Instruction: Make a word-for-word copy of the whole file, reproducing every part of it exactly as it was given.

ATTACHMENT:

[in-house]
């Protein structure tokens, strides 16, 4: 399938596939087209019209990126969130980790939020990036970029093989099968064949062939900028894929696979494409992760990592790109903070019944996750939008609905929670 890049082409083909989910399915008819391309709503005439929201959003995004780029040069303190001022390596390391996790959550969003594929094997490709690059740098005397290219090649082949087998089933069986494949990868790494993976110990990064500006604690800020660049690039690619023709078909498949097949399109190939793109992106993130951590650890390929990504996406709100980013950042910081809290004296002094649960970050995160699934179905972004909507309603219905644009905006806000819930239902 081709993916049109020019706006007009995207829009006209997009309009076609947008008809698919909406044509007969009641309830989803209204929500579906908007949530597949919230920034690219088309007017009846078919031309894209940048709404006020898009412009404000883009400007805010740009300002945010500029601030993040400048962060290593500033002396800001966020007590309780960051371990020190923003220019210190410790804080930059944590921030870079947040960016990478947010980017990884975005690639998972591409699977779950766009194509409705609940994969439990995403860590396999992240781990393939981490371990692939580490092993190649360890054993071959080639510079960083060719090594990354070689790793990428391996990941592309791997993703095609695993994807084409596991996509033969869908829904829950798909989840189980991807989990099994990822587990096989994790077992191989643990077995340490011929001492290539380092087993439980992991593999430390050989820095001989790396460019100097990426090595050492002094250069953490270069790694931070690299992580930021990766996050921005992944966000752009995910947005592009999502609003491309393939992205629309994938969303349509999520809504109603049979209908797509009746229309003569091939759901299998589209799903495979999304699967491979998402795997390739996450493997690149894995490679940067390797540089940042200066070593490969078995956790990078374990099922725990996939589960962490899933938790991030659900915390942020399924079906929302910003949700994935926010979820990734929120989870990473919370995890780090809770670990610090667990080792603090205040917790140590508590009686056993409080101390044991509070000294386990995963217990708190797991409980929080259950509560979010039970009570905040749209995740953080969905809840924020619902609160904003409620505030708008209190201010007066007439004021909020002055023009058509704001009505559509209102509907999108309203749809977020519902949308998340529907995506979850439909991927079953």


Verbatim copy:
[in-house]
């Protein structure tokens, strides 16, 4: 399938596939087209019209990126969130980790939020990036970029093989099968064949062939900028894929696979494409992760990592790109903070019944996750939008609905929670 890049082409083909989910399915008819391309709503005439929201959003995004780029040069303190001022390596390391996790959550969003594929094997490709690059740098005397290219090649082949087998089933069986494949990868790494993976110990990064500006604690800020660049690039690619023709078909498949097949399109190939793109992106993130951590650890390929990504996406709100980013950042910081809290004296002094649960970050995160699934179905972004909507309603219905644009905006806000819930239902 081709993916049109020019706006007009995207829009006209997009309009076609947008008809698919909406044509007969009641309830989803209204929500579906908007949530597949919230920034690219088309007017009846078919031309894209940048709404006020898009412009404000883009400007805010740009300002945010500029601030993040400048962060290593500033002396800001966020007590309780960051371990020190923003220019210190410790804080930059944590921030870079947040960016990478947010980017990884975005690639998972591409699977779950766009194509409705609940994969439990995403860590396999992240781990393939981490371990692939580490092993190649360890054993071959080639510079960083060719090594990354070689790793990428391996990941592309791997993703095609695993994807084409596991996509033969869908829904829950798909989840189980991807989990099994990822587990096989994790077992191989643990077995340490011929001492290539380092087993439980992991593999430390050989820095001989790396460019100097990426090595050492002094250069953490270069790694931070690299992580930021990766996050921005992944966000752009995910947005592009999502609003491309393939992205629309994938969303349509999520809504109603049979209908797509009746229309003569091939759901299998589209799903495979999304699967491979998402795997390739996450493997690149894995490679940067390797540089940042200066070593490969078995956790990078374990099922725990996939589960962490899933938790991030659900915390942020399924079906929302910003949700994935926010979820990734929120989870990473919370995890780090809770670990610090667990080792603090205040917790140590508590009686056993409080101390044991509070000294386990995963217990708190797991409980929080259950509560979010039970009570905040749209995740953080969905809840924020619902609160904003409620505030708008209190201010007066007439004021909020002055023009058509704001009505559509209102509907999108309203749809977020519902949308998340529907995506979850439909991927079953």